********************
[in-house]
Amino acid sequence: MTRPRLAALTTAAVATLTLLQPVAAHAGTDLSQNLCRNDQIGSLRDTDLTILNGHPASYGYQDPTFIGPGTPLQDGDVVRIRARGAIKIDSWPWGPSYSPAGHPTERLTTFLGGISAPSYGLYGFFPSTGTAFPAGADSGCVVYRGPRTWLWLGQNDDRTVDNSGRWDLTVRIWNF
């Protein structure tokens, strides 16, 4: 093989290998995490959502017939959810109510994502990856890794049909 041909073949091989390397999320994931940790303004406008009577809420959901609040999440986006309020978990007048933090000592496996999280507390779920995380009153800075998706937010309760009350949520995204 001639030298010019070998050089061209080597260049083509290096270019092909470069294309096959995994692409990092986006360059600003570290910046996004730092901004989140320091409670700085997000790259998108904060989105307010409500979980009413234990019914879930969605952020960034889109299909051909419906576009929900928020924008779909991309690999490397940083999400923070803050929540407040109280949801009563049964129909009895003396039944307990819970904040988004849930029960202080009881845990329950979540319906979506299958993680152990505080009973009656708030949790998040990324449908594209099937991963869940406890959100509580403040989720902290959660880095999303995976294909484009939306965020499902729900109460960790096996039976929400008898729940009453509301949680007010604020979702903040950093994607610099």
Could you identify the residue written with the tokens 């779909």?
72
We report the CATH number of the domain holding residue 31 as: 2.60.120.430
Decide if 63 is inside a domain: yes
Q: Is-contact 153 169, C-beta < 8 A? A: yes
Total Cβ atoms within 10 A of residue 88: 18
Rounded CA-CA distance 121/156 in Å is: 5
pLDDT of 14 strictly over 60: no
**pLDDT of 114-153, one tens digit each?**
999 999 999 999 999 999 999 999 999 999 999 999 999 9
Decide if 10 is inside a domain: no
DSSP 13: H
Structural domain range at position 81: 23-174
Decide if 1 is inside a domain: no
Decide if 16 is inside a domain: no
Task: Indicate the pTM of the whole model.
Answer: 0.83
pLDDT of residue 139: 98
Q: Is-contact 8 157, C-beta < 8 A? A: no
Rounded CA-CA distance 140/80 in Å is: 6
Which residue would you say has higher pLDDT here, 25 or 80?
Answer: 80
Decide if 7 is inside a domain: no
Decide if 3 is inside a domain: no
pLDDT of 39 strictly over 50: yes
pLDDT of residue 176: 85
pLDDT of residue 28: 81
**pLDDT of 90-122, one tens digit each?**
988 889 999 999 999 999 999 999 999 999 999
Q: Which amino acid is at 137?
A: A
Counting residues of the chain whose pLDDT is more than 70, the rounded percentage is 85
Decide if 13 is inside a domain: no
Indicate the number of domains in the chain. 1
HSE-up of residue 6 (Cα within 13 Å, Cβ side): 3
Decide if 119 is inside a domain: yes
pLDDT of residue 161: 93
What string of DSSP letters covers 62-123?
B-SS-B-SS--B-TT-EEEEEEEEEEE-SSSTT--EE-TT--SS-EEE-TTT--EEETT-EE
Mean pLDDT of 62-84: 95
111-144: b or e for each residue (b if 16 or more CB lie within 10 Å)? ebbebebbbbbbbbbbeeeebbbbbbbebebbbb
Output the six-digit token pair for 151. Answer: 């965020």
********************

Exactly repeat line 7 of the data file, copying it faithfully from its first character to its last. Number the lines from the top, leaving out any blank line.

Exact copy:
Decide if 63 is inside a domain: yes